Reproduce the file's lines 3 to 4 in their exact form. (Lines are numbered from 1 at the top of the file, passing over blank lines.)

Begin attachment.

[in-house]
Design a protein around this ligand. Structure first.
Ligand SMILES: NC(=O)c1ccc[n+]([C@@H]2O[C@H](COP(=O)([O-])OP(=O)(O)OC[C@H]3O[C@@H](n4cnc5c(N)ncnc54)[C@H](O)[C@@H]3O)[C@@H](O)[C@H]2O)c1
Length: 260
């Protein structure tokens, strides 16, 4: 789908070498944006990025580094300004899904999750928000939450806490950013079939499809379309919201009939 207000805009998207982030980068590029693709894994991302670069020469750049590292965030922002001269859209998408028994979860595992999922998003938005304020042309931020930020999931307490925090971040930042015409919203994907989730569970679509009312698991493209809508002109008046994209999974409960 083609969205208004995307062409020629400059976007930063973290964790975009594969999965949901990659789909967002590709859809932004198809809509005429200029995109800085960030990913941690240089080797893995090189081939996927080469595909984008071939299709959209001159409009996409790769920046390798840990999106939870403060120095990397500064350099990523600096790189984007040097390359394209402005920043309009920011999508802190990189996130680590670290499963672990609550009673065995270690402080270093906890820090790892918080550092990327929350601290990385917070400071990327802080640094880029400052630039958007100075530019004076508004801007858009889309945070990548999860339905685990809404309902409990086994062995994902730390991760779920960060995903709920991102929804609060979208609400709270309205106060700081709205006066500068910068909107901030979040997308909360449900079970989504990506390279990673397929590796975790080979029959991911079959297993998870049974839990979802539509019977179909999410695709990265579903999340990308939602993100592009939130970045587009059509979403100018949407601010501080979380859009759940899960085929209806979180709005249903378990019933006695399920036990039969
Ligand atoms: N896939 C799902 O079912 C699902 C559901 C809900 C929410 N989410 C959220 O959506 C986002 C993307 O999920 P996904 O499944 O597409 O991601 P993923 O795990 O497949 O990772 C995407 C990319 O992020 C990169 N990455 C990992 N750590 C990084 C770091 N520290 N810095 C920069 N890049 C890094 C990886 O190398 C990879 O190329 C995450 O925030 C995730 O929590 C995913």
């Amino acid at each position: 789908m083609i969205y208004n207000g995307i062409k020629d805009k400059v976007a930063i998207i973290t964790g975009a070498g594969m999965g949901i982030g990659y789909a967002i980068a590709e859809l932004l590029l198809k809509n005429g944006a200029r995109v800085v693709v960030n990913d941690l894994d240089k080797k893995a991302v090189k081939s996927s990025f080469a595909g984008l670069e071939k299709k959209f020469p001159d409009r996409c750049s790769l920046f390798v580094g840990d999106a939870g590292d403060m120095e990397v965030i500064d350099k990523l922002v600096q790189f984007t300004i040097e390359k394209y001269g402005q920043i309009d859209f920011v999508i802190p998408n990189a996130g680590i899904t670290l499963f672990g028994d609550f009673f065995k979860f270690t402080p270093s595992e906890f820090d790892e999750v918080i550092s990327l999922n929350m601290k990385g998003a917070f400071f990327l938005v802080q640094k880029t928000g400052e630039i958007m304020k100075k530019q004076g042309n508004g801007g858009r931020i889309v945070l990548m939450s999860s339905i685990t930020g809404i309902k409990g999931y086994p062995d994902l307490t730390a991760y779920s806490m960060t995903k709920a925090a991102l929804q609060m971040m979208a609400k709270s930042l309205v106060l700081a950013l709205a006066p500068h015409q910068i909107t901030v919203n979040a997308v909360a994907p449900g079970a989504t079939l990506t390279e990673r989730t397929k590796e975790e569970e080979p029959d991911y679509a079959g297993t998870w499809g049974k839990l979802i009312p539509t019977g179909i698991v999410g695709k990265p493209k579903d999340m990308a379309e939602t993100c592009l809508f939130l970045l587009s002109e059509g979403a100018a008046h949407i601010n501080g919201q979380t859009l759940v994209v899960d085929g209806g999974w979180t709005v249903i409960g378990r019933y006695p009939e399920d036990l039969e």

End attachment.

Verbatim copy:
Ligand SMILES: NC(=O)c1ccc[n+]([C@@H]2O[C@H](COP(=O)([O-])OP(=O)(O)OC[C@H]3O[C@@H](n4cnc5c(N)ncnc54)[C@H](O)[C@@H]3O)[C@@H](O)[C@H]2O)c1
Length: 260